Oddly, I really want this lens for when I'm not being a photographer. I have other lenses, other systems, for dedicated landscape, portrait, even sports photography. I think this will be the perfect lens for family events, travel, hiking, and attending weddings as a guest.

I like the way it channels a classic Takumar (or a 50 mm Summicron) too.

The closest historical lens to this is probably the old SMC Pentax-M 28-50mm f/3.5 - 4.5

Although based on my experience of other Pentax Limited lenses, this one will be quite something.

Lots of 12-24mm zooms for the APS-C market in the early days (they do tend to be both wider, and wider range, today); mine was a Tokina 12-24/4. I've also got a Sigma 12-24 full-frame.

But yeah, the high-quality zooms have gone up to 3x, often 24-70 and 70-210.

11x is still right out!

The construction of this DA Limited zoom, it seems, has two points. First is to cover the wide gap in between the DA21 and DA35/DA40, a gap which contains most useful traditional focal lengths, from 35mm to 50mm. That is now covered.

Second is styling of this lens. You have noticed Takumar-style focus ring on this DA Limited Zoom? Together with the fact that from recently all Pentax DA Limited lenses come in both black and silver, this rises the suspicion. What about a possible camera design just made for these smallish and light lenses, one that isn't necessarily a K5/K3 type of a DSLR?

Food for thought. Also, re this new HD coating and red thing matter; although I was suspicious too, it seems the new coating is indeed better than the SMC, which was proven in somewhat extreme circumstances. And of course, it was a good excuse to raise the prices overall, but let's not spoil the moment :-)

No doubt about it, Pentax does interesting stuff. Their eccentricity always makes me more curious about their products.

Pentax DID, however, bring out the Pentax-M 24-35mm zoom - very compact and good quality.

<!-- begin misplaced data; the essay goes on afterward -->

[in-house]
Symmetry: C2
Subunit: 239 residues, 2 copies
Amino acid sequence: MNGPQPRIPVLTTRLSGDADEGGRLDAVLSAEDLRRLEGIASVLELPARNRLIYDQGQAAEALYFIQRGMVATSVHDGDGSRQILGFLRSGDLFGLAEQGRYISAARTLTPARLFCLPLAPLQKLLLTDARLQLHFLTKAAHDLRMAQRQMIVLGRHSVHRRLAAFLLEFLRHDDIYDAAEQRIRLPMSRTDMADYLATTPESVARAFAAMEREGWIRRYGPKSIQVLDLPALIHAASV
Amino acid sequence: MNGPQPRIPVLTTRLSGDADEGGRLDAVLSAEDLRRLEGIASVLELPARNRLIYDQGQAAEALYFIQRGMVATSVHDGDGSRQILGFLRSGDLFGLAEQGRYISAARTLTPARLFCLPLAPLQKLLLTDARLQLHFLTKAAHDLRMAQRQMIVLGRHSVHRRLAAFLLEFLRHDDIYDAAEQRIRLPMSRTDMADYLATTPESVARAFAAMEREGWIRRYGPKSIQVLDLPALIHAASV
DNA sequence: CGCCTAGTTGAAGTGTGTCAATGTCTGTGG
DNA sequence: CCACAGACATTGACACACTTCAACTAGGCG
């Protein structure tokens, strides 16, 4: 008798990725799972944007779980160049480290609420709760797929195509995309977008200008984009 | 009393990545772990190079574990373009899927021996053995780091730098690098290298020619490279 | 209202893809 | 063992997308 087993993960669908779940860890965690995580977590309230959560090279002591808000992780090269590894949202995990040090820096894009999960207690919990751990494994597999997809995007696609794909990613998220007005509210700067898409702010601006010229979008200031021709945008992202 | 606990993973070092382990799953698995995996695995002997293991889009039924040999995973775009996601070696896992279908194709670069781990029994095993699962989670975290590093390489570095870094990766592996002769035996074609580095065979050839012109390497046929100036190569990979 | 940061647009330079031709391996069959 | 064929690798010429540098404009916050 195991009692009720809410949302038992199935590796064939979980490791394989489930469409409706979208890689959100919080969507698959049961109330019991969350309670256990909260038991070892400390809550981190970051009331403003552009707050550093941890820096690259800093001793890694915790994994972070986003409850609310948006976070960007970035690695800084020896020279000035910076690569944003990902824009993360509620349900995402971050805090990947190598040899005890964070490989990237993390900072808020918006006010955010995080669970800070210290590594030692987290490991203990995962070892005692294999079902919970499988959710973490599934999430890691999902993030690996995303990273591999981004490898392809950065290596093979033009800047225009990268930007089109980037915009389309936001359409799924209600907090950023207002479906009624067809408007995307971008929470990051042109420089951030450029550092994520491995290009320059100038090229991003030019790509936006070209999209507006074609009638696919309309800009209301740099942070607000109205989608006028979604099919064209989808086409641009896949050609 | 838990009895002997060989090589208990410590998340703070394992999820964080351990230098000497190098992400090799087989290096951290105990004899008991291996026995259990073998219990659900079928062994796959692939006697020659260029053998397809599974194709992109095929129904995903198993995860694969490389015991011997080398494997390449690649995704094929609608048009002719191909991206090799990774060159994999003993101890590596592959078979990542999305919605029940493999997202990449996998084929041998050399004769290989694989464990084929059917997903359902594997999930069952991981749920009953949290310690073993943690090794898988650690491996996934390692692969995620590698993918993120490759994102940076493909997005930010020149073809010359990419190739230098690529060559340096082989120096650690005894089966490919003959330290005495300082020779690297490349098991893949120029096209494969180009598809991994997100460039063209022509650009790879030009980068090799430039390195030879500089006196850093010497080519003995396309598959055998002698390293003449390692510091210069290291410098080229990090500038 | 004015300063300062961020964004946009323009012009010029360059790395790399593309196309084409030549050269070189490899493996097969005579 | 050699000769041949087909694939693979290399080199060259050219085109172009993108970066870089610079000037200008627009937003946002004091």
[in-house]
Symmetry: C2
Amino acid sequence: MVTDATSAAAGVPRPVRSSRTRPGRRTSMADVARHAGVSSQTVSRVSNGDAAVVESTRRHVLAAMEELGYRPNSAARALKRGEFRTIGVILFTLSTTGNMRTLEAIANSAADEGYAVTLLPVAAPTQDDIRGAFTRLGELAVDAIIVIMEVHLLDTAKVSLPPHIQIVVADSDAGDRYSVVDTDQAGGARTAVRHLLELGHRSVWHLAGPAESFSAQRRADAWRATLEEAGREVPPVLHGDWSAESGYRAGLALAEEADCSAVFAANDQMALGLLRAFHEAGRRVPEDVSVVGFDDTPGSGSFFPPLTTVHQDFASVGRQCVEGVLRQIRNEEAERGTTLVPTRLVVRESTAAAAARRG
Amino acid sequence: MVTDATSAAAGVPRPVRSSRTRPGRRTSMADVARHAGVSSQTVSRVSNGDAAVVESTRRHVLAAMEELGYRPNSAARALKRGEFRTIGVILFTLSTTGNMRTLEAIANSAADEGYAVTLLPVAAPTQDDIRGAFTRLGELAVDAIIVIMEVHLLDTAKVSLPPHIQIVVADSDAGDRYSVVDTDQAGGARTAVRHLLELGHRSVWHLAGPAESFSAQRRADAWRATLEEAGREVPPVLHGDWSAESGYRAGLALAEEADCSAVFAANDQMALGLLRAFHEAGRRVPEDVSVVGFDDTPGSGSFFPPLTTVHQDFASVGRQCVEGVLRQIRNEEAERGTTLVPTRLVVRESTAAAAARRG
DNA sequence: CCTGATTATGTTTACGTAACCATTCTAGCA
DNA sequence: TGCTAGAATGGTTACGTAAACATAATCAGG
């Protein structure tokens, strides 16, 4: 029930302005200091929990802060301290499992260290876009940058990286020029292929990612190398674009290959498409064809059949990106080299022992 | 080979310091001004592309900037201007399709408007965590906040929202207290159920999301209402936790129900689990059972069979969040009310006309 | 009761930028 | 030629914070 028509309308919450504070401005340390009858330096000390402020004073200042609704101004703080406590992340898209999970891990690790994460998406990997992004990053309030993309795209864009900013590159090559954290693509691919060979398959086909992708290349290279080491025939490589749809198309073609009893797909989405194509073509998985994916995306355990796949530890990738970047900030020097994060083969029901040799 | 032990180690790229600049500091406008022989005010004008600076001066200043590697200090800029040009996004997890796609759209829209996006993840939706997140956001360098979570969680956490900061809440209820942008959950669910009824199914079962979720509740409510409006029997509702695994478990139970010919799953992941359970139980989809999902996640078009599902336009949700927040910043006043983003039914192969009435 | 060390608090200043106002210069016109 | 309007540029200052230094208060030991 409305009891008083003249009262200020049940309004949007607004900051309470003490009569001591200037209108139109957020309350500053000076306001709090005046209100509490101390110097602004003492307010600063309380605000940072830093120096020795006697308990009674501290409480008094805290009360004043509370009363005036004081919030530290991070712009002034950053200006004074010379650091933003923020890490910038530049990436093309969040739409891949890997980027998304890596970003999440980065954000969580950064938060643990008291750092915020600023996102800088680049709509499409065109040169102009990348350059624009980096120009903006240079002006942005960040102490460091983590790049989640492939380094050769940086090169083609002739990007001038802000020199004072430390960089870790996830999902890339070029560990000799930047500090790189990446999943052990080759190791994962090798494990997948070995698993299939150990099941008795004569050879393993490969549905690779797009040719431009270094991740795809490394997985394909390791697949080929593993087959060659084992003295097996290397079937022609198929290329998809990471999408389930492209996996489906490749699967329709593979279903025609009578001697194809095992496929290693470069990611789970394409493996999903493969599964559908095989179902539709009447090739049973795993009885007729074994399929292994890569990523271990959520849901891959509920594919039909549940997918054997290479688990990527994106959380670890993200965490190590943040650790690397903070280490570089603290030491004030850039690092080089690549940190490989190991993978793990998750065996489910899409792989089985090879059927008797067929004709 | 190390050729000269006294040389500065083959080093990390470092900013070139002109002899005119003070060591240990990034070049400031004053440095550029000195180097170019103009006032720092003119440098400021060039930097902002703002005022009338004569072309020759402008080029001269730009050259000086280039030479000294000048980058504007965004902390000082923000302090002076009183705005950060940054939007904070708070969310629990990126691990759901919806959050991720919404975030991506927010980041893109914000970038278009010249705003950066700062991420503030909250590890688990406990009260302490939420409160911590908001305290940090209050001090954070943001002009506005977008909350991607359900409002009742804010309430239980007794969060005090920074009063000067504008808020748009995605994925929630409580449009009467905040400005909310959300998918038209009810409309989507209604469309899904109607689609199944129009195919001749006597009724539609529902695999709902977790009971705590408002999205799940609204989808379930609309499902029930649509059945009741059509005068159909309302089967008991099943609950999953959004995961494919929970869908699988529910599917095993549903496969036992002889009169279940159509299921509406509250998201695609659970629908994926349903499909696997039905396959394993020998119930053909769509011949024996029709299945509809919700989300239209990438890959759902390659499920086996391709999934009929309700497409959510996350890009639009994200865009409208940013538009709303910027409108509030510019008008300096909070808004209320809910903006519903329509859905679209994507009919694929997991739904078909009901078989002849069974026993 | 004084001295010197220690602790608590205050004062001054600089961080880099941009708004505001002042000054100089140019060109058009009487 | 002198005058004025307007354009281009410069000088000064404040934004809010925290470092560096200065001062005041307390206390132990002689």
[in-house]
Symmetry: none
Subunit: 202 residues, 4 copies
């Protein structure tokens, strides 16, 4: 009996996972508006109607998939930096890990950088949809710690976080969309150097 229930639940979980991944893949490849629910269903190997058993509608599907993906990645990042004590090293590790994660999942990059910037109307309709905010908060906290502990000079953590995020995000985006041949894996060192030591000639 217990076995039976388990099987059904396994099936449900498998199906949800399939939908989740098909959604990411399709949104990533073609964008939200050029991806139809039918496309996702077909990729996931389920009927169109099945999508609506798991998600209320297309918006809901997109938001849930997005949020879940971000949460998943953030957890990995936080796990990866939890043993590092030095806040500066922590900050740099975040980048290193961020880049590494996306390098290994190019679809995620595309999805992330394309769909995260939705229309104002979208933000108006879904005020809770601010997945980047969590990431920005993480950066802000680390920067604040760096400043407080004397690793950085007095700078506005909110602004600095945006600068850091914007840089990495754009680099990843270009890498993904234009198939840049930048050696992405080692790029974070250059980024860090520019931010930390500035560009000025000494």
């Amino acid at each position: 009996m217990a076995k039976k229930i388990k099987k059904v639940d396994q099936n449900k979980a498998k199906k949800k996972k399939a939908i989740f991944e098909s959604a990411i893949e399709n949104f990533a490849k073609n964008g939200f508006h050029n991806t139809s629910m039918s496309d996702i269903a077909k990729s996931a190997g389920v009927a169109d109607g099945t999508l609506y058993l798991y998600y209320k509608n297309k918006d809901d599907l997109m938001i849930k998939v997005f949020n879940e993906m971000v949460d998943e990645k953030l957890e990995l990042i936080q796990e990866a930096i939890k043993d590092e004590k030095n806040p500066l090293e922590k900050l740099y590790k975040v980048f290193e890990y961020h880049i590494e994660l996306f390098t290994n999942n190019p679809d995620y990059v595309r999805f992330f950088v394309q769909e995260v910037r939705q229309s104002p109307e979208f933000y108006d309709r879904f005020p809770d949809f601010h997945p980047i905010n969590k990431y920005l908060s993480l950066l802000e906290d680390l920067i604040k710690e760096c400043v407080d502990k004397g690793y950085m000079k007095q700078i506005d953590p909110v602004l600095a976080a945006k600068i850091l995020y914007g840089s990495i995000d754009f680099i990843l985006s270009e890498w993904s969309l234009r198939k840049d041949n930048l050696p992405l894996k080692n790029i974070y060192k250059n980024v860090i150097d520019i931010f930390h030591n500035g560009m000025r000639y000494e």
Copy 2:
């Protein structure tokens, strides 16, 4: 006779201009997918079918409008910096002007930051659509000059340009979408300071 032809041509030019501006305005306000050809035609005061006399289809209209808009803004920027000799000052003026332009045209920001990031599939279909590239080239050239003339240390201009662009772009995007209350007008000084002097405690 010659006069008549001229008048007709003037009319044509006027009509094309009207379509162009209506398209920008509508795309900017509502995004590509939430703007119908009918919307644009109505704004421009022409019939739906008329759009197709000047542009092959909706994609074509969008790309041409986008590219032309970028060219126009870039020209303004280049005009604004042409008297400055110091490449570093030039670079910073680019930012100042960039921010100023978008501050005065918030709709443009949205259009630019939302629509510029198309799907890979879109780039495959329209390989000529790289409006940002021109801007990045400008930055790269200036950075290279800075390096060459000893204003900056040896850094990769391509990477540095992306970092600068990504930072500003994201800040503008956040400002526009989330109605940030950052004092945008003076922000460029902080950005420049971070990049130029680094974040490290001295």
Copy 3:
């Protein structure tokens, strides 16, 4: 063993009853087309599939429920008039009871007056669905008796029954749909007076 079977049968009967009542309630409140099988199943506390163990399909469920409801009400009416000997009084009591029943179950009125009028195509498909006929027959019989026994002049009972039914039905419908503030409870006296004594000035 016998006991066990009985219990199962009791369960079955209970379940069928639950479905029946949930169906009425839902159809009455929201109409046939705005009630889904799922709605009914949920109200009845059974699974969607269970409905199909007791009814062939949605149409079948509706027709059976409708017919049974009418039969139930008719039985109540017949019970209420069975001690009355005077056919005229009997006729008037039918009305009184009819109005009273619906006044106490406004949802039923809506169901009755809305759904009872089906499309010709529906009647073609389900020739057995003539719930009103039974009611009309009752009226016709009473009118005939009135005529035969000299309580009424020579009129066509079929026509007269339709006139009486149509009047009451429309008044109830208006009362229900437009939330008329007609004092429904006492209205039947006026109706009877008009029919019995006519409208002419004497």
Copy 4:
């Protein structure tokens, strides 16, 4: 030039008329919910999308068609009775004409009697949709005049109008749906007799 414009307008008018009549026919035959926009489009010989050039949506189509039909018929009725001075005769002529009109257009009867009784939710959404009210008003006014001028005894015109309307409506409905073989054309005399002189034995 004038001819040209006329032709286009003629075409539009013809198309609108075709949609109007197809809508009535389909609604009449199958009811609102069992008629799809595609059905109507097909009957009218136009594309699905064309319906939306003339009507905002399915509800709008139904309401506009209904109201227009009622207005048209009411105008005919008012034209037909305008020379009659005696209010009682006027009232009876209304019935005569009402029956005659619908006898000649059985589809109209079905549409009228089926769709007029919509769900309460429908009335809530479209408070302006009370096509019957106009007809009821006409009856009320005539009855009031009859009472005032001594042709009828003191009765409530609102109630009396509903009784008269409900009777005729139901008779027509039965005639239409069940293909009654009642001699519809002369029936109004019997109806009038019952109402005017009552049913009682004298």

"... Until now?!?"

Add a couple more ?!?! What the? I had to look at this again to believe it -- but it is real. Hard to find sample photos it has taken, but it certainly looks very, very attractive.


Lovely lens. But I do wish it was an FA Limited (full frame) with an aperture ring. It would be great on my LX or MZ-S but they are feeling well and truly left behind these days...

Oh, my god.

That knurled focus ring. Thought this was a spiffed-up Zeiss Jena Flektogon!

So very good.


I am surprised that you didn't also mention the M 24-35 f3.5 among your historical references. Only abt. 1.5x zoom range, not very large, and it was produced.

If the new limited zoom works as well as seems likely, it should be a very nice option. One not too large weather sealed zoom, or switching between 21 and 40 limited primes. Hmmm.

To be heretical, start mumbling about tri-elmars and this new zoom in the same paragraph.


I'm sure there'll be detractors who say it doesn't go out to 28mm-e!

Looks like a great idea, though.

I have the Sigma 20-40 f/2.8 for my Pentax. Shoots lovely except for the bokeh. But it is a monster. 23 oz and an 82mm filter. I think I might trade it in for this.

Odd to see a DOF scale on a zoom. How does it remain valid at varying focal lengths?

If I had to weld a lens to my camera I would weld the 18-36 Olympus (9-18 of course in the inferior sensored micro 4/3 world :)) to it.....sort of also a 2x zoom....

Greets, Ed.

If it could be done at a small size and without overly limiting maximum aperture, it would be interesting to have a 28-35 in a fixed lens compact a là Ricoh GR with a m4/3 or APS-C sensor.

Well, I think it is an awfully handy alternative to what's out there, and intend to splurge for one. I'm almost feeling like there is a movement afoot to make me believe that unless I'm shooting with an EVF mirrorless I'm a hopeless fogey. Don't get me wrong, cameras like the Pany GX series are great-- I used a GX1 for a month in Hong Kong and came back with a publishable series. But, but, but... once you get to the new, big-bodied 16MP cameras that, admittedly look cool, you're left with... a biggish body, biggish zooms and an EVF. Yes I've used a good EVF, in a NEX-7, and yes its nice, but no, it's not yet better than a decent OVF.

I just don't get why that is a preferable setup to an APS-C DSLR. Look at the dimensions of the EM-1 and the Pentax K-5 or the new K-3, which are essentially within a couple of milimeters. Pentamirror VF, better sensor, better continuous AF. Weathersealed with a battery that holds probably 300 more shots per charge, and now a much more compact useable zoom. And don't even talk to me about the Fuji XPro, which seems useless at most every task.